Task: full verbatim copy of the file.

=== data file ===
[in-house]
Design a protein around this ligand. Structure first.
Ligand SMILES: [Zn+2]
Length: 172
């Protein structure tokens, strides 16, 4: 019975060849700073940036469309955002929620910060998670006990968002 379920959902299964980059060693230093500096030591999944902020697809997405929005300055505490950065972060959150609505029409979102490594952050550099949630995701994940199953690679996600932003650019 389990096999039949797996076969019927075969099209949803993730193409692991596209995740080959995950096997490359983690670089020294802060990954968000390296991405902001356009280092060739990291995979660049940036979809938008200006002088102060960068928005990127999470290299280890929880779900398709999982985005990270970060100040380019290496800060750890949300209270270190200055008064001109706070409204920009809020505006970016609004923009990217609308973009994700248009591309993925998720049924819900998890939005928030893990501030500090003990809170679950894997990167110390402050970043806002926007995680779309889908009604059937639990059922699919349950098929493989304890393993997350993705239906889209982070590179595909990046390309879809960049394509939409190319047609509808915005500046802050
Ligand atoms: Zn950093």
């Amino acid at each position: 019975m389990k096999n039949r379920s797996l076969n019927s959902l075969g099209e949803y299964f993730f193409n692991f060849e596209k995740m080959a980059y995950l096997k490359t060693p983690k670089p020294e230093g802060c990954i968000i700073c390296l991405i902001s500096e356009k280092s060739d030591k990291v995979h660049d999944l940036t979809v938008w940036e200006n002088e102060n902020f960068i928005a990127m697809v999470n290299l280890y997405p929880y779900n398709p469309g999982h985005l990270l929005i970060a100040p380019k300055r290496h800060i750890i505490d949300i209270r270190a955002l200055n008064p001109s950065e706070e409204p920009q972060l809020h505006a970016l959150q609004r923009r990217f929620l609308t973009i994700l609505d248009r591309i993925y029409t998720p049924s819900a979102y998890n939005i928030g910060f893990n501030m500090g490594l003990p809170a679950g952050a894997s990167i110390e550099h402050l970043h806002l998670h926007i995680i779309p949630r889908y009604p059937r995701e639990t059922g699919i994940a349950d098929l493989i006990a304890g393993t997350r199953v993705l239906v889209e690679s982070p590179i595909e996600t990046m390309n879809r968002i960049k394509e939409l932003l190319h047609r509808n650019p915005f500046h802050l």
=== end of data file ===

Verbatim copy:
[in-house]
Design a protein around this ligand. Structure first.
Ligand SMILES: [Zn+2]
Length: 172
């Protein structure tokens, strides 16, 4: 019975060849700073940036469309955002929620910060998670006990968002 379920959902299964980059060693230093500096030591999944902020697809997405929005300055505490950065972060959150609505029409979102490594952050550099949630995701994940199953690679996600932003650019 389990096999039949797996076969019927075969099209949803993730193409692991596209995740080959995950096997490359983690670089020294802060990954968000390296991405902001356009280092060739990291995979660049940036979809938008200006002088102060960068928005990127999470290299280890929880779900398709999982985005990270970060100040380019290496800060750890949300209270270190200055008064001109706070409204920009809020505006970016609004923009990217609308973009994700248009591309993925998720049924819900998890939005928030893990501030500090003990809170679950894997990167110390402050970043806002926007995680779309889908009604059937639990059922699919349950098929493989304890393993997350993705239906889209982070590179595909990046390309879809960049394509939409190319047609509808915005500046802050
Ligand atoms: Zn950093």
């Amino acid at each position: 019975m389990k096999n039949r379920s797996l076969n019927s959902l075969g099209e949803y299964f993730f193409n692991f060849e596209k995740m080959a980059y995950l096997k490359t060693p983690k670089p020294e230093g802060c990954i968000i700073c390296l991405i902001s500096e356009k280092s060739d030591k990291v995979h660049d999944l940036t979809v938008w940036e200006n002088e102060n902020f960068i928005a990127m697809v999470n290299l280890y997405p929880y779900n398709p469309g999982h985005l990270l929005i970060a100040p380019k300055r290496h800060i750890i505490d949300i209270r270190a955002l200055n008064p001109s950065e706070e409204p920009q972060l809020h505006a970016l959150q609004r923009r990217f929620l609308t973009i994700l609505d248009r591309i993925y029409t998720p049924s819900a979102y998890n939005i928030g910060f893990n501030m500090g490594l003990p809170a679950g952050a894997s990167i110390e550099h402050l970043h806002l998670h926007i995680i779309p949630r889908y009604p059937r995701e639990t059922g699919i994940a349950d098929l493989i006990a304890g393993t997350r199953v993705l239906v889209e690679s982070p590179i595909e996600t990046m390309n879809r968002i960049k394509e939409l932003l190319h047609r509808n650019p915005f500046h802050l």